The following inclusion criteria were used for this study: (1) deviation of the mechanical axis due to valgus deformity of the tibia; (2) a tibial deformity in the coronal plane only on radiographic assessment; (3) documented outpatient pre-operative evaluation by an orthopaedic surgeon from the Specialized Care Centre for the Treatment of Dysmetria and Deformities of the Locomotor Apparatus (Centro de Atenção Especializada de Tratamento da Dismetria e Deformidades do Aparelho Locomotor – CAE SEFIX) and (4) age between 10 and 70 years.
The exclusion criteria applied were as follows: (1) the presence of another deformity of the tibia preventing gradual correction using the proposed fixator assembly; (2) skin conditions incompatible with the surgical procedure; (3) inadequate pre- or post-operative radiological evaluation and (4) incomplete information from the medical records.
The data collected from medical records were age, ethnicity, marital status, sex, side, date of surgery, date of hospitalisation, date of hospital discharge, date of external fixator removal, complications observed in outpatient follow-up, body mass index (BMI), American Society of Anaesthesiologists classification and comorbidities. After radiographic analysis, the medial proximal tibial angle (MPTA), lateral distal tibial angle (LDTA) and the magnitude of the deformity and the location of its apex were determined and the deformity correction planned according to the method proposed by Paley et al.12 A comparison of the characteristics of the groups with varus and valgus deformities is also provided.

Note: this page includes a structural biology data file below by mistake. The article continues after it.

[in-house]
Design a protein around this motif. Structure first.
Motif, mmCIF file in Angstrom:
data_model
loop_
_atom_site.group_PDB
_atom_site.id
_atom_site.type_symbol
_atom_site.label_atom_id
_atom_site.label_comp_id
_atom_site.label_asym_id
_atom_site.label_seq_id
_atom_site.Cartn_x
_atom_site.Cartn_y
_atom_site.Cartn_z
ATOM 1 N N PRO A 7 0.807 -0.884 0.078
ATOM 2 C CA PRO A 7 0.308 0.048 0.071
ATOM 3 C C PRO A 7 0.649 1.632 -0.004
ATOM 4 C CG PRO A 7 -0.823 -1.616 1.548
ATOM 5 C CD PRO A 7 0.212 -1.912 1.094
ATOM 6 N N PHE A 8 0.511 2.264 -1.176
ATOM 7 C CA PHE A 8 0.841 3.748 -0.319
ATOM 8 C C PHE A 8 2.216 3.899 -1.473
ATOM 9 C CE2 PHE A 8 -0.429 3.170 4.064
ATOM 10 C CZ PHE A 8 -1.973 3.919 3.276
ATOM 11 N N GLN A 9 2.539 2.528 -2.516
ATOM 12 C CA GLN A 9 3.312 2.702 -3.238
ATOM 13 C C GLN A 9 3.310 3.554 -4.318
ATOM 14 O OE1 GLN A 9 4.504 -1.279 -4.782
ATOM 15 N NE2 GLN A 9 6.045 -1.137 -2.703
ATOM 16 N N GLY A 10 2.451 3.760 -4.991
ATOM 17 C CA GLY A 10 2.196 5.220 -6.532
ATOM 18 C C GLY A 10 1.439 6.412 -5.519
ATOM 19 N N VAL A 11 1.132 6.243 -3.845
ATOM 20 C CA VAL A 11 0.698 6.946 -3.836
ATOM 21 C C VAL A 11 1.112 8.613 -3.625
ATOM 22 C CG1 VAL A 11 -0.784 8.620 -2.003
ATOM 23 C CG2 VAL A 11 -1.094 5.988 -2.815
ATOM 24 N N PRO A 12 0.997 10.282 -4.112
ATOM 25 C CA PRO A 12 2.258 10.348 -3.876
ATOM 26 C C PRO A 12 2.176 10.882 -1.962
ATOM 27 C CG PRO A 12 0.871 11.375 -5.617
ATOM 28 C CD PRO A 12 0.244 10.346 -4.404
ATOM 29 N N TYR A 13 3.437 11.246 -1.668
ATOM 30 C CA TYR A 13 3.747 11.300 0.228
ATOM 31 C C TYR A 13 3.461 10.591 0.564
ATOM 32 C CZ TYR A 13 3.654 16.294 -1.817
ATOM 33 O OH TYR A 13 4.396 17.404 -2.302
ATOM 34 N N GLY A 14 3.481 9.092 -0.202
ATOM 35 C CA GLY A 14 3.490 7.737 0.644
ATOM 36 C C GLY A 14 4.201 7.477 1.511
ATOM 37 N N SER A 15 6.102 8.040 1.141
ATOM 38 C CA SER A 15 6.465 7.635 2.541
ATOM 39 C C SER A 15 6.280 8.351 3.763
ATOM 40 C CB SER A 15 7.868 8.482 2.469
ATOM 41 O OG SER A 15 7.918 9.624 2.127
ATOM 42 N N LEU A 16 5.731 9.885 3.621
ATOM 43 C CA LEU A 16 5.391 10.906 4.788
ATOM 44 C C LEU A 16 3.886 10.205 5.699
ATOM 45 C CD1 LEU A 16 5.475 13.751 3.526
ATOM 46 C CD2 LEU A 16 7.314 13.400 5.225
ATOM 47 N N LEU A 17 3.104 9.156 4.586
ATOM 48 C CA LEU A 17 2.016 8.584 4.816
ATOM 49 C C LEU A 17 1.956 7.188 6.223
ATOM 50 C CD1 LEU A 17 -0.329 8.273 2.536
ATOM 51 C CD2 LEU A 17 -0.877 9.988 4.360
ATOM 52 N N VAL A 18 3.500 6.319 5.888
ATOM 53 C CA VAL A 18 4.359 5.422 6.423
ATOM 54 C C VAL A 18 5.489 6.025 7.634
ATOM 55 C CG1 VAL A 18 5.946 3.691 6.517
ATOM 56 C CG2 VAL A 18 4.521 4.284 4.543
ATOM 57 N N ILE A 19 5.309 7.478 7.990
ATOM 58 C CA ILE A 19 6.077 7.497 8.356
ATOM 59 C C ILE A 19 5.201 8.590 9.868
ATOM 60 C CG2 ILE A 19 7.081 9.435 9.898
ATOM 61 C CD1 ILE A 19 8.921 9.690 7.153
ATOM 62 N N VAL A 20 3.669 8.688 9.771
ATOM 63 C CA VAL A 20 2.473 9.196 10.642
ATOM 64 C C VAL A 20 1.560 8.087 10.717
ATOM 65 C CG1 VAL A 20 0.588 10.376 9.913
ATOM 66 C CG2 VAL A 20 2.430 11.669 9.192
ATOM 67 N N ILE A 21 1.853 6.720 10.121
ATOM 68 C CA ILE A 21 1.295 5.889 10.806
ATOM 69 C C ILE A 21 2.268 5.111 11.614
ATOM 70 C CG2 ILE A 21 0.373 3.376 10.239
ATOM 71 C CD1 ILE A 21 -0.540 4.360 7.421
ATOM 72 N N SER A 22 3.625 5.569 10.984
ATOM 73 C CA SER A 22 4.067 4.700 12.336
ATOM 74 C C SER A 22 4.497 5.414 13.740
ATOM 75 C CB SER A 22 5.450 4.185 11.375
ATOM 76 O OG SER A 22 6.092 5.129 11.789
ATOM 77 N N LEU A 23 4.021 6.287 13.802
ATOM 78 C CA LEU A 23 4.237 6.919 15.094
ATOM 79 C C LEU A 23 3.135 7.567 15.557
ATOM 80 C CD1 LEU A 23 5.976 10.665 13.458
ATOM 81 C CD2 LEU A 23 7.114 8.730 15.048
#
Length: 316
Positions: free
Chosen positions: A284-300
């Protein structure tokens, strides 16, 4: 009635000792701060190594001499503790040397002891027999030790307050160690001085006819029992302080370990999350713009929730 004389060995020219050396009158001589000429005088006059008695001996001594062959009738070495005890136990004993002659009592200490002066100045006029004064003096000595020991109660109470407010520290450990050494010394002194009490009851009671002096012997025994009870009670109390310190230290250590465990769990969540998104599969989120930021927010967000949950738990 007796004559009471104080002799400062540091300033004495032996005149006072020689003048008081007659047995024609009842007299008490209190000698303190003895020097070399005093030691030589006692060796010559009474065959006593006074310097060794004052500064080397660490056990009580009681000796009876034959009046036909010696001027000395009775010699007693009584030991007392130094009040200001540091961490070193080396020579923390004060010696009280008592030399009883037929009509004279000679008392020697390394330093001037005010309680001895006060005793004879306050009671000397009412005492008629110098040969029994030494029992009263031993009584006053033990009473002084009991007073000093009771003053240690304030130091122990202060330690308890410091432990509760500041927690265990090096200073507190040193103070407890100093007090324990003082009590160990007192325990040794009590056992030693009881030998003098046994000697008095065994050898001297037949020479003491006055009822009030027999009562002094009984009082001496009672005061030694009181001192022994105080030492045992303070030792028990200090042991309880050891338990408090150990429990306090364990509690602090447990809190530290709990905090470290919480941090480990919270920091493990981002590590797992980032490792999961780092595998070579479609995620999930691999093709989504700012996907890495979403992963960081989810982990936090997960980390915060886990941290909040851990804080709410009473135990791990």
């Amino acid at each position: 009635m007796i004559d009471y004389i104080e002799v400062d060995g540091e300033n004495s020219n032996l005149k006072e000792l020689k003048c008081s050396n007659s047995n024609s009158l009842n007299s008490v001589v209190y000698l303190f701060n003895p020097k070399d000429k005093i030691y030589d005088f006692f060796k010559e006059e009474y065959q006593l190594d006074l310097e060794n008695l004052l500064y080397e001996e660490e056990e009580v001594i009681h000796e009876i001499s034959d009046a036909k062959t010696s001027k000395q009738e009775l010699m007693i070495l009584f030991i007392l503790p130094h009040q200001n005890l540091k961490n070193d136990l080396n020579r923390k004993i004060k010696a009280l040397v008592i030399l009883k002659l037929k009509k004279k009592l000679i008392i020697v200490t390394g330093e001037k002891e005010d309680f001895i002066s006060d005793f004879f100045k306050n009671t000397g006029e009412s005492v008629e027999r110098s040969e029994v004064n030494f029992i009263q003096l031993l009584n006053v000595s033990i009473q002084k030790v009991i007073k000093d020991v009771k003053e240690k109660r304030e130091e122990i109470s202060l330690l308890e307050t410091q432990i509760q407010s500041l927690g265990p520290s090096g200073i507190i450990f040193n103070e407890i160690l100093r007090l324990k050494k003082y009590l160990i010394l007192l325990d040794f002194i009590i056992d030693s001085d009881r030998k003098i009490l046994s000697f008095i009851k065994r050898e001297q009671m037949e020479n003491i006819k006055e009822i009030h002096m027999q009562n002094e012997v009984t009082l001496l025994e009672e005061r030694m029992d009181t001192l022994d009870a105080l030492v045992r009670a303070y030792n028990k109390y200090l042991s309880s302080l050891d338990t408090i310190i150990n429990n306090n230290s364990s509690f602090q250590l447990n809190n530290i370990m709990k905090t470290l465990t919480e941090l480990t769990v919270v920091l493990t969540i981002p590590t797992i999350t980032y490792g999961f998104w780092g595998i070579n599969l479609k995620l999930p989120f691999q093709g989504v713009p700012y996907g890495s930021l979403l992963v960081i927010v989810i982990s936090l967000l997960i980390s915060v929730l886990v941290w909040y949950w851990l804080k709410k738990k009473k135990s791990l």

Motta et al.13 described gradual correction with monolateral external fixation. A small 1-cm percutaneous incision is made in the proximal portion of the tibia with blunt separation of the muscular and subcutaneous planes performed with Metzenbaum scissors until the periosteal surface is reached. Under intraoperative fluoroscopic guidance, a 4.8-mm drill is passed from the anterolateral cortex of the tibia and parallel to the articular surface of the tibial plateau at approximately 2 cm below this surface; a 6-mm conical external fixator half-pin is then inserted across the drill track. A monolateral external fixator with a telescopic self-aligning body and clamps is assembled next. The chosen clamp is placed on the proximal pin, the clamp cover temporarily tightened. Distally, the lower half-pin is inserted after pre-drilling but with care to ensure that the point of the fixator hinge being exactly coincident to the apex of the deformity. When completed, single additional half-pins are inserted with prior pre-drilling in the proximal and distal clamps (Figs 1A to D).
Under fluoroscopic guidance, the apex of the tibial deformity is approached through an anterior incision of approximately 5 cm. The subcutaneous and muscular planes are separated and retracted using two Hohmann-type retractors. Under direct vision, a partial osteotomy (drill and osteotome) is performed leaving the crest of the tibia to the medial cortex intact with the purpose of this preserved portion functioning as a hinge. Access to the fibula is made by an incision placed 10 cm proximal to the lateral malleolus; the osteotomy of the fibula is performed with a 4.8-mm drill to prevent impaction during distraction of the tibia (Figs 1E and F). A distraction unit is added to the fixator body and an Allen key used to perform the distraction by approximately 1 cm. This is then checked by direct visualisation of the focus and under fluoroscopy. Haemostasis is confirmed at both surgical sites prior to wound closure using nylon 2.0 sutures. At the end of the procedure, a baseline post-operative radiograph is obtained as a control (Fig. 2).